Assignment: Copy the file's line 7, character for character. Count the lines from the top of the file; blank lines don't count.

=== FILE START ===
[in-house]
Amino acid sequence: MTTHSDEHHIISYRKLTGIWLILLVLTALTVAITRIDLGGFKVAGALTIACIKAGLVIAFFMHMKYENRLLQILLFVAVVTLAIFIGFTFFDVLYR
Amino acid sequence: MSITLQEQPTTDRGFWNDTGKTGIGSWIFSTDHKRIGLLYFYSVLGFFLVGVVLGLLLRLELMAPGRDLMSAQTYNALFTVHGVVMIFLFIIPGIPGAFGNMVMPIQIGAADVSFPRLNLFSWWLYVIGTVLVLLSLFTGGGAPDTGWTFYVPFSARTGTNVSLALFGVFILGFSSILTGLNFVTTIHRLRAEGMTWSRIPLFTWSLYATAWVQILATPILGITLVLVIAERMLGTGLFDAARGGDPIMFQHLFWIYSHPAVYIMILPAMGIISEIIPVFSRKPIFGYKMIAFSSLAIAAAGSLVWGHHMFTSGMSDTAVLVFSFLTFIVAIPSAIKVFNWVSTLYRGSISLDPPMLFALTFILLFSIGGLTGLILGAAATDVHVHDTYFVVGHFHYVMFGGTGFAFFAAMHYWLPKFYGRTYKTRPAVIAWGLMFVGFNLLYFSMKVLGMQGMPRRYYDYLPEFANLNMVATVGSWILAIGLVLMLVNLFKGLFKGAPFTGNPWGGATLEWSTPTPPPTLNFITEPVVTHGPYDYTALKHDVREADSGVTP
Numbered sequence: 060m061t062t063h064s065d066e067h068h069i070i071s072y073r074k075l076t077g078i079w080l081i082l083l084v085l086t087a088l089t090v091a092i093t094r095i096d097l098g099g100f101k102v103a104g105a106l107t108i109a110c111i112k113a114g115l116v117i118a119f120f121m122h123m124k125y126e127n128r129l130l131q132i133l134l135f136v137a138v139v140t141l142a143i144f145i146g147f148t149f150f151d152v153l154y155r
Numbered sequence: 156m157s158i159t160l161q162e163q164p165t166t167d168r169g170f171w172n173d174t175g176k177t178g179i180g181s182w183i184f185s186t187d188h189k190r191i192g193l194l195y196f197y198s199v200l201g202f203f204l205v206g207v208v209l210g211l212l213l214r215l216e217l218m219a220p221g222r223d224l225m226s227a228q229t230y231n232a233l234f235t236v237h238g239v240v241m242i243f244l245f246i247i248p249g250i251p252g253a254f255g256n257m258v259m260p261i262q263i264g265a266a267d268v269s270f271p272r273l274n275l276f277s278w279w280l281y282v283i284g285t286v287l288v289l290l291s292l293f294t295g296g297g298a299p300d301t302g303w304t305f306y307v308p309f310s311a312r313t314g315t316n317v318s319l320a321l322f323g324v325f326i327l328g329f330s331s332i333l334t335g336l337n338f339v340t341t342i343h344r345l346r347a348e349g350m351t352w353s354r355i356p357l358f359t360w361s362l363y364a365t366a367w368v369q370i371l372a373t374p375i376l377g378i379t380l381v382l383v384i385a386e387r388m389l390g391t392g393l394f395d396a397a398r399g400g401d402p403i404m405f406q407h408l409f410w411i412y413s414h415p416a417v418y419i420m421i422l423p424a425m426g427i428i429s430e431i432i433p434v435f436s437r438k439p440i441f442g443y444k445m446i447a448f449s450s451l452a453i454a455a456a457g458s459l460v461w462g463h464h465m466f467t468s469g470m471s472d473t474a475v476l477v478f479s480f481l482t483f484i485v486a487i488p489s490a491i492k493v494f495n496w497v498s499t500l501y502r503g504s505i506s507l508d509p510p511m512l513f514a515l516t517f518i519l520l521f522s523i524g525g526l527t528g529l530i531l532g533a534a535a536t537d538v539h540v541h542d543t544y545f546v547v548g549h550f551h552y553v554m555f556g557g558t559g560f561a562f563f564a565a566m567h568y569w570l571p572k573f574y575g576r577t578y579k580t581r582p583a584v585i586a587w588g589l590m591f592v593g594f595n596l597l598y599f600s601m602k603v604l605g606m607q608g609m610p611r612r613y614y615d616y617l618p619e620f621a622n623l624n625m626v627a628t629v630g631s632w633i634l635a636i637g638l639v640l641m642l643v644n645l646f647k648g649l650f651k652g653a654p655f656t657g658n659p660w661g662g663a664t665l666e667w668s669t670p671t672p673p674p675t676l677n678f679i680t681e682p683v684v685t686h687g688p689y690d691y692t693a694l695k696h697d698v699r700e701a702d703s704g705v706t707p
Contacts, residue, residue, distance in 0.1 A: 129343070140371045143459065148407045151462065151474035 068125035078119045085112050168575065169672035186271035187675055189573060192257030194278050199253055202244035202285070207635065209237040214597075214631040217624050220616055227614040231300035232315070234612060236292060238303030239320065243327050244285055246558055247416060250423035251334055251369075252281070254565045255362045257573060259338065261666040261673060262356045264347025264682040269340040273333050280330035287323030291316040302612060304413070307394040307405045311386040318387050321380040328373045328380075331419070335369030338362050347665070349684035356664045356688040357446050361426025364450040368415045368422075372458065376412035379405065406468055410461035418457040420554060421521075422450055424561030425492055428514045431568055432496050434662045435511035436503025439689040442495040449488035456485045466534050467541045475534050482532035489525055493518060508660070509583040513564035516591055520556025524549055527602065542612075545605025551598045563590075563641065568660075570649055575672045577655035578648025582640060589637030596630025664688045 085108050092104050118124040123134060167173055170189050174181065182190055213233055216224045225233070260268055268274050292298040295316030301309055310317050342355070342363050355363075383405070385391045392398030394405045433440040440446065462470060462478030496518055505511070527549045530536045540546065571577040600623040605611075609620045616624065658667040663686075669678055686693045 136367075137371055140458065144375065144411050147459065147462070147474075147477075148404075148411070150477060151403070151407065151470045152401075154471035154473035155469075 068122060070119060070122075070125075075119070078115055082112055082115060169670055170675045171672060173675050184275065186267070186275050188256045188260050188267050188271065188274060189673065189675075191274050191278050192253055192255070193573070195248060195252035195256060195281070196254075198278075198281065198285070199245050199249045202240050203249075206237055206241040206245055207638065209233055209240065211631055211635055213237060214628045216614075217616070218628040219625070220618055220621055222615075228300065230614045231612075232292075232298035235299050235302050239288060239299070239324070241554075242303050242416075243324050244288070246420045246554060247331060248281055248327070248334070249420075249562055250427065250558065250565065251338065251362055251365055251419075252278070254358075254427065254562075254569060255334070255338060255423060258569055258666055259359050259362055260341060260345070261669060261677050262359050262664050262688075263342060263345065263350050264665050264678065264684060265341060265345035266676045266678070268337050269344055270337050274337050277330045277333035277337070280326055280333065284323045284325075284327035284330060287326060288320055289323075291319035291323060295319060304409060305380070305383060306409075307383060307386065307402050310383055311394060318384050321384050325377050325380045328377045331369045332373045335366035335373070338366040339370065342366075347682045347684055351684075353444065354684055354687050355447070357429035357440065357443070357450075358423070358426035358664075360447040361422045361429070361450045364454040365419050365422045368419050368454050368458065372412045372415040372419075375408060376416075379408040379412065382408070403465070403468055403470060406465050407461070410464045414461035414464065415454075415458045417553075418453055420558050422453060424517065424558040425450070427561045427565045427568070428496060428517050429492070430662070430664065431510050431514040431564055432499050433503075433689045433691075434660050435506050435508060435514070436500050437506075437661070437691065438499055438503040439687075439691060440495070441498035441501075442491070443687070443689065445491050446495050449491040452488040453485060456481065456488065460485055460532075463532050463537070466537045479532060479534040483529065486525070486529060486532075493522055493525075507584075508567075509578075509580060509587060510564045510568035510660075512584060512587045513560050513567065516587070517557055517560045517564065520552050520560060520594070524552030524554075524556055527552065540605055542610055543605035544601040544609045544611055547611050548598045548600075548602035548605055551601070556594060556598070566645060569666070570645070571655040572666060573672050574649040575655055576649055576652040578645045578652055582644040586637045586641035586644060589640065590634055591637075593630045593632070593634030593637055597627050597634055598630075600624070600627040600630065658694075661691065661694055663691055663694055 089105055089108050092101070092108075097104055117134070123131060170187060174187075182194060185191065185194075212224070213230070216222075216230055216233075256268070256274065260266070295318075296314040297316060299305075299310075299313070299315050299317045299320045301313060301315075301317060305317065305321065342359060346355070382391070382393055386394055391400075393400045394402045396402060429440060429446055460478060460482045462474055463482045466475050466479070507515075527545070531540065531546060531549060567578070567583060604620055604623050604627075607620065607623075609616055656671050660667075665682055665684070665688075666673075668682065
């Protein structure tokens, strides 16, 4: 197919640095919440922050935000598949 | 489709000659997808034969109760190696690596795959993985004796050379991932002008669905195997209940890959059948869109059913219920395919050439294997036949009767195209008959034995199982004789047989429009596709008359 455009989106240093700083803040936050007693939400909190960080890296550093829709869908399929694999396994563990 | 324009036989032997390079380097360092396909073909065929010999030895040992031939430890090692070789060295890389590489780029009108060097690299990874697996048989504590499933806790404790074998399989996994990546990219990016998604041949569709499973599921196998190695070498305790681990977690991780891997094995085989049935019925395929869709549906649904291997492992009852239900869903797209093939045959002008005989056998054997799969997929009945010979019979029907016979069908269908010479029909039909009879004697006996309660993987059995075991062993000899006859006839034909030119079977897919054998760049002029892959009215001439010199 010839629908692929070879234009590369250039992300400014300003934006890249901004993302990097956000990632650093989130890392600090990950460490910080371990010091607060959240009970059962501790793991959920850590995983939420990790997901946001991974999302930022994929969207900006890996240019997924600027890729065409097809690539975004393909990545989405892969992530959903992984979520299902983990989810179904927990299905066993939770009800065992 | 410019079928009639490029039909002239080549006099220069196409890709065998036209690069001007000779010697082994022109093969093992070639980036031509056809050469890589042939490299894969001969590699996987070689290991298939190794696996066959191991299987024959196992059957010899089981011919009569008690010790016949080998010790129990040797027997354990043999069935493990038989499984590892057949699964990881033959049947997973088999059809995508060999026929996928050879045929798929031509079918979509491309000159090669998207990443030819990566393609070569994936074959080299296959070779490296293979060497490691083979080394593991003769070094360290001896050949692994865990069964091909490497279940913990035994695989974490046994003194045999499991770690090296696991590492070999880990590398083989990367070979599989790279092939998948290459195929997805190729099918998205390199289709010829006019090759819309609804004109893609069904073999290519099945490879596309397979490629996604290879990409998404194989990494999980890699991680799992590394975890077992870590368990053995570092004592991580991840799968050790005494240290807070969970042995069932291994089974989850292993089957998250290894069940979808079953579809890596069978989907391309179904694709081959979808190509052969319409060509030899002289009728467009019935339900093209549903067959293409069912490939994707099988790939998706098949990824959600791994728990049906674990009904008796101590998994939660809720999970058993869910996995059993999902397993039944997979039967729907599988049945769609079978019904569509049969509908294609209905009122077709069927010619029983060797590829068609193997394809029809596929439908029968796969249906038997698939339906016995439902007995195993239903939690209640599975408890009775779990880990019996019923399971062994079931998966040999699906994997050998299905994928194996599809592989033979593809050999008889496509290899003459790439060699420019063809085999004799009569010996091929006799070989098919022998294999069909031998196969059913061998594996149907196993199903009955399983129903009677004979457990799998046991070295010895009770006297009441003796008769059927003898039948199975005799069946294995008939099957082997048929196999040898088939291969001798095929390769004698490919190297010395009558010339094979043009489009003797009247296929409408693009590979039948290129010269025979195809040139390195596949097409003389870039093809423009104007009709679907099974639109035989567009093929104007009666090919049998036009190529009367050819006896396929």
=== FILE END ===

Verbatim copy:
């Protein structure tokens, strides 16, 4: 197919640095919440922050935000598949 | 489709000659997808034969109760190696690596795959993985004796050379991932002008669905195997209940890959059948869109059913219920395919050439294997036949009767195209008959034995199982004789047989429009596709008359 455009989106240093700083803040936050007693939400909190960080890296550093829709869908399929694999396994563990 | 324009036989032997390079380097360092396909073909065929010999030895040992031939430890090692070789060295890389590489780029009108060097690299990874697996048989504590499933806790404790074998399989996994990546990219990016998604041949569709499973599921196998190695070498305790681990977690991780891997094995085989049935019925395929869709549906649904291997492992009852239900869903797209093939045959002008005989056998054997799969997929009945010979019979029907016979069908269908010479029909039909009879004697006996309660993987059995075991062993000899006859006839034909030119079977897919054998760049002029892959009215001439010199 010839629908692929070879234009590369250039992300400014300003934006890249901004993302990097956000990632650093989130890392600090990950460490910080371990010091607060959240009970059962501790793991959920850590995983939420990790997901946001991974999302930022994929969207900006890996240019997924600027890729065409097809690539975004393909990545989405892969992530959903992984979520299902983990989810179904927990299905066993939770009800065992 | 410019079928009639490029039909002239080549006099220069196409890709065998036209690069001007000779010697082994022109093969093992070639980036031509056809050469890589042939490299894969001969590699996987070689290991298939190794696996066959191991299987024959196992059957010899089981011919009569008690010790016949080998010790129990040797027997354990043999069935493990038989499984590892057949699964990881033959049947997973088999059809995508060999026929996928050879045929798929031509079918979509491309000159090669998207990443030819990566393609070569994936074959080299296959070779490296293979060497490691083979080394593991003769070094360290001896050949692994865990069964091909490497279940913990035994695989974490046994003194045999499991770690090296696991590492070999880990590398083989990367070979599989790279092939998948290459195929997805190729099918998205390199289709010829006019090759819309609804004109893609069904073999290519099945490879596309397979490629996604290879990409998404194989990494999980890699991680799992590394975890077992870590368990053995570092004592991580991840799968050790005494240290807070969970042995069932291994089974989850292993089957998250290894069940979808079953579809890596069978989907391309179904694709081959979808190509052969319409060509030899002289009728467009019935339900093209549903067959293409069912490939994707099988790939998706098949990824959600791994728990049906674990009904008796101590998994939660809720999970058993869910996995059993999902397993039944997979039967729907599988049945769609079978019904569509049969509908294609209905009122077709069927010619029983060797590829068609193997394809029809596929439908029968796969249906038997698939339906016995439902007995195993239903939690209640599975408890009775779990880990019996019923399971062994079931998966040999699906994997050998299905994928194996599809592989033979593809050999008889496509290899003459790439060699420019063809085999004799009569010996091929006799070989098919022998294999069909031998196969059913061998594996149907196993199903009955399983129903009677004979457990799998046991070295010895009770006297009441003796008769059927003898039948199975005799069946294995008939099957082997048929196999040898088939291969001798095929390769004698490919190297010395009558010339094979043009489009003797009247296929409408693009590979039948290129010269025979195809040139390195596949097409003389870039093809423009104007009709679907099974639109035989567009093929104007009666090919049998036009190529009367050819006896396929």